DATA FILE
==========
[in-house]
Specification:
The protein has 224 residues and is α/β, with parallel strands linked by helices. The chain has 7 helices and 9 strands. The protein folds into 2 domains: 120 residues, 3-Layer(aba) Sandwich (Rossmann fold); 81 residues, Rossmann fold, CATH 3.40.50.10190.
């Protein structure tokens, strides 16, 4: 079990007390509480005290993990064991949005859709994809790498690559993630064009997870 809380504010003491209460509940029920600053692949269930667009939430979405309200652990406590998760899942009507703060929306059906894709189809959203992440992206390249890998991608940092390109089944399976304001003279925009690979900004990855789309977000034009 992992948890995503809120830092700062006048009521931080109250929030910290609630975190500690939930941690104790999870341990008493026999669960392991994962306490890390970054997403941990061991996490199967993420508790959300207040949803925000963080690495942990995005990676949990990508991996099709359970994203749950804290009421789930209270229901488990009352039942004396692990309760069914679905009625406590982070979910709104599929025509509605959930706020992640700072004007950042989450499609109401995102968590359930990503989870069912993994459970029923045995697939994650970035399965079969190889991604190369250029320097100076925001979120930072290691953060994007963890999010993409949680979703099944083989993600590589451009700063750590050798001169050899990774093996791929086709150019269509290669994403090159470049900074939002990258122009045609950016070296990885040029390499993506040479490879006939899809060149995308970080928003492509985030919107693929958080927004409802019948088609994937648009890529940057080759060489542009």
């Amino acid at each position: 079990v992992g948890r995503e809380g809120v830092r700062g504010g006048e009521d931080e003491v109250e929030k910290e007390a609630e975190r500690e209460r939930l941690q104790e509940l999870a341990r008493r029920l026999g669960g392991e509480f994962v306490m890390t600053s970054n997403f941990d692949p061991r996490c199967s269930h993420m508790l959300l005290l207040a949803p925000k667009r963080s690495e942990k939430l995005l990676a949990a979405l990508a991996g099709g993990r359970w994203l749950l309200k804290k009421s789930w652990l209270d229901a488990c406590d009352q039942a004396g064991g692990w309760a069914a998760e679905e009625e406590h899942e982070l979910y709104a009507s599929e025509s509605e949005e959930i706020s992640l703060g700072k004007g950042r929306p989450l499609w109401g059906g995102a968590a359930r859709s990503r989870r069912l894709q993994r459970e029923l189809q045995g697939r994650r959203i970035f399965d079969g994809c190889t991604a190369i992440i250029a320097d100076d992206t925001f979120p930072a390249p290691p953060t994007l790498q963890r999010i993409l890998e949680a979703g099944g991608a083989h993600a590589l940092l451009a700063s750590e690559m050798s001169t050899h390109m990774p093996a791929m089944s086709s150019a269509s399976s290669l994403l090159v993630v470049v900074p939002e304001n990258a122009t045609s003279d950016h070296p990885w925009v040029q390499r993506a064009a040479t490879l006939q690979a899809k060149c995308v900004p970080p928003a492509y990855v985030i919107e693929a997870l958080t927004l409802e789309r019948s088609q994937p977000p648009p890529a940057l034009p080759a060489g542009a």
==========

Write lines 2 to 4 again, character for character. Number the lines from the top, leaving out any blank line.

Specification:
The protein has 224 residues and is α/β, with parallel strands linked by helices. The chain has 7 helices and 9 strands. The protein folds into 2 domains: 120 residues, 3-Layer(aba) Sandwich (Rossmann fold); 81 residues, Rossmann fold, CATH 3.40.50.10190.
């Protein structure tokens, strides 16, 4: 079990007390509480005290993990064991949005859709994809790498690559993630064009997870 809380504010003491209460509940029920600053692949269930667009939430979405309200652990406590998760899942009507703060929306059906894709189809959203992440992206390249890998991608940092390109089944399976304001003279925009690979900004990855789309977000034009 992992948890995503809120830092700062006048009521931080109250929030910290609630975190500690939930941690104790999870341990008493026999669960392991994962306490890390970054997403941990061991996490199967993420508790959300207040949803925000963080690495942990995005990676949990990508991996099709359970994203749950804290009421789930209270229901488990009352039942004396692990309760069914679905009625406590982070979910709104599929025509509605959930706020992640700072004007950042989450499609109401995102968590359930990503989870069912993994459970029923045995697939994650970035399965079969190889991604190369250029320097100076925001979120930072290691953060994007963890999010993409949680979703099944083989993600590589451009700063750590050798001169050899990774093996791929086709150019269509290669994403090159470049900074939002990258122009045609950016070296990885040029390499993506040479490879006939899809060149995308970080928003492509985030919107693929958080927004409802019948088609994937648009890529940057080759060489542009």